The EMP Museum in Seattle is like someone asked “what is Nicole a nerd about?” and made a museum (minus the board games, get on it EMP!). The EMP Museum used to be the “Experience Music Project” but has grown to be generally a pop culture – film, movies, music etc – museum in a gorgeous Gehry building.
I was lucky enough to be in town while the Star Wars costume exhibition was showing, and made a beeline to see that first. It is a mix of costume and design information from the newer prequels, and also the original trilogy. Even though I’m not as much of a fan of episodes 1-3, the costuming is incredible and it was amazing to see it close up.
But I did get the most, nostalgically, out of the older info, designs and costuming. I especially loved the sketches and inspiration cited for many of the costumes, and the droid design. Beautiful stuff.
Next stop were a couple of smaller exhibitions as part of the (what I believe to be) permanent displays. I didn’t know they were part of the museum (I planned my visit poorly, obviously) and I was so excited to wander through. The first was “Can’t Look Away: the Lure of Horror Film“. There’s a little bias on some of the content due to the directors that consulted & curated clips of their favourite films (Roger Corman, John Landis, and Eli Roth), but it does a great job at looking at the genre overall, highlighting the history of the iconic movies in the genre, looks at monsters and fear and has loads of cool artefacts on display. I legitimately flipped out at the Sean of the Dead shirt. It had a lot of great information, and was a good primer for those not familiar with horror movies. And the design of the space, plus the audio playing around there, was perfect.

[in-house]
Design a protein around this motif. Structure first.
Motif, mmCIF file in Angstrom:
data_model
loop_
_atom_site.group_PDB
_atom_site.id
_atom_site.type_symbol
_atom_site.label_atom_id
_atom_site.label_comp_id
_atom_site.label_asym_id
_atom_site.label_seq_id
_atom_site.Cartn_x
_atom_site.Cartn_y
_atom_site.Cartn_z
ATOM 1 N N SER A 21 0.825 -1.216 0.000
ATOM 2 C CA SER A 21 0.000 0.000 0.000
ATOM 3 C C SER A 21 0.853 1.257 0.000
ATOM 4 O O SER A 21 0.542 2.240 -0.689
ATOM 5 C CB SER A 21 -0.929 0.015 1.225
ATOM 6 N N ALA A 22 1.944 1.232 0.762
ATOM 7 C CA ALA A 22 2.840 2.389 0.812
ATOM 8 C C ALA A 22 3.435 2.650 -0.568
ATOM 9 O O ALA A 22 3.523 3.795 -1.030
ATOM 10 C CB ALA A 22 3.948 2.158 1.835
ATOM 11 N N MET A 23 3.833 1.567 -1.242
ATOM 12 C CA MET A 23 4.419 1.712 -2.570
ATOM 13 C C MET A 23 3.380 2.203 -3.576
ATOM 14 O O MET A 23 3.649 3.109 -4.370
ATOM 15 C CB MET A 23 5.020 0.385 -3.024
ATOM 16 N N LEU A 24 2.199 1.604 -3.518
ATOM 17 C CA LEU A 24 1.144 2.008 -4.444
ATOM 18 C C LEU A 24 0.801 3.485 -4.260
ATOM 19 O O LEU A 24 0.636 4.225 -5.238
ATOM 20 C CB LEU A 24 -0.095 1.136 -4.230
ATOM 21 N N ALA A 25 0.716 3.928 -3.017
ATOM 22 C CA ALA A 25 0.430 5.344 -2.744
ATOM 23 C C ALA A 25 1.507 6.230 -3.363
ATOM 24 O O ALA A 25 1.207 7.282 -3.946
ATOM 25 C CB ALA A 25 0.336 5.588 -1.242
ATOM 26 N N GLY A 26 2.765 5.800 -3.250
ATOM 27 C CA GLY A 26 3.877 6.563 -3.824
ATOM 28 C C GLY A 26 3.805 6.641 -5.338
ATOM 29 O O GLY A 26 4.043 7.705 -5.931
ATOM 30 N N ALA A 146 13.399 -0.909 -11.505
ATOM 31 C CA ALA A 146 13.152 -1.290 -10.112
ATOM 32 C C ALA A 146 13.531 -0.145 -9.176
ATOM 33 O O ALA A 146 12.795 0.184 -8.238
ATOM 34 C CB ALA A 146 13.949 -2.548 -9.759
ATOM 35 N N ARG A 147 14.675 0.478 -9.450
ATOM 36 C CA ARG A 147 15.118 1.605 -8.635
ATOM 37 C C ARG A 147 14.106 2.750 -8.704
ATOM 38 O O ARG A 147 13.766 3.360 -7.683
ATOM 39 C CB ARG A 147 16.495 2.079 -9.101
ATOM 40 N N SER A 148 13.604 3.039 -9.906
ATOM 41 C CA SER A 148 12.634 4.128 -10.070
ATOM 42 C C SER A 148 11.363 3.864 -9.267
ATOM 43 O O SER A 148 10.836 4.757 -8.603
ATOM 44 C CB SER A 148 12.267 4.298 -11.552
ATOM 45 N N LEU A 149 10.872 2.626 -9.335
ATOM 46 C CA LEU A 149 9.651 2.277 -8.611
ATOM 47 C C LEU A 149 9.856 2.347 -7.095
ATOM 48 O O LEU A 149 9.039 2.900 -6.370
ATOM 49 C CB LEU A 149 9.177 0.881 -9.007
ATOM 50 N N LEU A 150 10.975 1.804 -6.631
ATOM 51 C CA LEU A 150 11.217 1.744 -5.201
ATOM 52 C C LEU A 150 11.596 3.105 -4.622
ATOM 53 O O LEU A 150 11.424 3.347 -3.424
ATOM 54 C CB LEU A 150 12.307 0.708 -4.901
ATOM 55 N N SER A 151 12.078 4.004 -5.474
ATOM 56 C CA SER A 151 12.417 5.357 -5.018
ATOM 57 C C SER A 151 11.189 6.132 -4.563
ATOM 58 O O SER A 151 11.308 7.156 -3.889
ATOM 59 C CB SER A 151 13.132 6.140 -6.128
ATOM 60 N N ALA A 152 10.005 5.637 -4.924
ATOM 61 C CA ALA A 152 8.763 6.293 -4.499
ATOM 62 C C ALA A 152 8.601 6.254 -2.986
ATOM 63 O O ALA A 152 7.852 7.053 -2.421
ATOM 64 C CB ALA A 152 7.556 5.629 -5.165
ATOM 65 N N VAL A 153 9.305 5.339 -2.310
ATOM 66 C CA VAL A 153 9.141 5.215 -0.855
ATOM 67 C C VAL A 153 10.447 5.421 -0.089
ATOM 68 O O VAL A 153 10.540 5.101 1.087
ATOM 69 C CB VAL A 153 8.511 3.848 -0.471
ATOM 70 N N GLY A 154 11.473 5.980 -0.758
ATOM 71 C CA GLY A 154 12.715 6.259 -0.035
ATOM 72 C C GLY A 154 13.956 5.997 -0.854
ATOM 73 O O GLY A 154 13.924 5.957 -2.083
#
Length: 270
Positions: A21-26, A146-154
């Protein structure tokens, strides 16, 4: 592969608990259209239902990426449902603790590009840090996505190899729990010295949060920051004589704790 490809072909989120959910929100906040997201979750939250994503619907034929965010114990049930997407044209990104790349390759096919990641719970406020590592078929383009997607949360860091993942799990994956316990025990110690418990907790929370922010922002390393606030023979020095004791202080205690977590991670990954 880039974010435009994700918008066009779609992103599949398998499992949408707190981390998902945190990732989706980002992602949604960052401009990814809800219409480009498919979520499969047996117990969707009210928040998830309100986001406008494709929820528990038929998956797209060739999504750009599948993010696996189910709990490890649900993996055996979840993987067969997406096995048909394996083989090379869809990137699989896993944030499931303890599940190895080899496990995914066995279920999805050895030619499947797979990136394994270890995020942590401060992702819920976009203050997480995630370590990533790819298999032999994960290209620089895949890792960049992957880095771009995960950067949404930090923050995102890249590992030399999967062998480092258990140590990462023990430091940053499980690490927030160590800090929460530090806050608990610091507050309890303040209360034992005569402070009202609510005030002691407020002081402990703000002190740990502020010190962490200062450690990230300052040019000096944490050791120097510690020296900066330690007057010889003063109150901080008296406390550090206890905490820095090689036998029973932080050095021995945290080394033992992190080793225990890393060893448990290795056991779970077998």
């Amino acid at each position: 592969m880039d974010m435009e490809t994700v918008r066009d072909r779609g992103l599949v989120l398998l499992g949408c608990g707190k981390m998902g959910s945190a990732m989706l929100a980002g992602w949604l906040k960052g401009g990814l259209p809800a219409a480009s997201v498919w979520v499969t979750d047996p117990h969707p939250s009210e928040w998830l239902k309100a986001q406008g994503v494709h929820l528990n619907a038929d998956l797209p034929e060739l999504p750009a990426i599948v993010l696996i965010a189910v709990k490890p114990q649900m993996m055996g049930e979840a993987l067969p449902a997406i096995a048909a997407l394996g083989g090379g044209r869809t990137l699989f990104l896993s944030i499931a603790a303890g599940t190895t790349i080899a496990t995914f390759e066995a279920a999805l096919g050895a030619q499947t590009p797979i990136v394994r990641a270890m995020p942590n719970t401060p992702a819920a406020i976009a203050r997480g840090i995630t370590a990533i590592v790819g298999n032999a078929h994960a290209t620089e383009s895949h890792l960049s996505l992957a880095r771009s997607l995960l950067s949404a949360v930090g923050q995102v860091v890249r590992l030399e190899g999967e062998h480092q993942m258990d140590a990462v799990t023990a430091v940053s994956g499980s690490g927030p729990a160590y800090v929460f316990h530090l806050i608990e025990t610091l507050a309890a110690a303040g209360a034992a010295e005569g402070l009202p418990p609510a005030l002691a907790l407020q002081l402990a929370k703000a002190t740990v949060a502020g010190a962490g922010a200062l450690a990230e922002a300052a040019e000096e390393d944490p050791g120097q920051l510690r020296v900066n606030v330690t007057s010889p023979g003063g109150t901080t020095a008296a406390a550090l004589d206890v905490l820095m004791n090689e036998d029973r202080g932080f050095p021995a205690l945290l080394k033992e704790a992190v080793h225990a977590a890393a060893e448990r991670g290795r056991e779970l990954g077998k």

Heading out of horror into Sci-Fi, the Infinite Worlds of Science Fiction exhibition has a bit less of a narrative, but still showcases the vastness of the genre in film and TV very well, old school and new. Terminator 2 is one of my fave all time movies, so I geeked out a lot at that little glass case, but really enjoyed all of the stuff on display. So much is from a private collection, I’d love to be in a place to have that stuff in my own collection!
Onto something slightly more laid back, the Fantasy: Worlds of Myth and Magic exhibition was thematically a gorgeous space (down to the stone walls, magic tree structures and fake pine needles on the floor) and had a lot of my favourites in there. I really enjoyed the interactives they had on various screens in this exhibition too – taking quizzes to see what kind of fantasy archetype you are, creating a map of a fantasy kingdom etc. It was a real treat to see the Princess Bride costumes and weapons!
I wandered the “main” part of the building after that, popping into the Indie Game Revolution exhibition and also checking out the very cool Sound Lab interactive (I learnt to play a little hook on the piano!). Marveled at the massive guitar installation, too.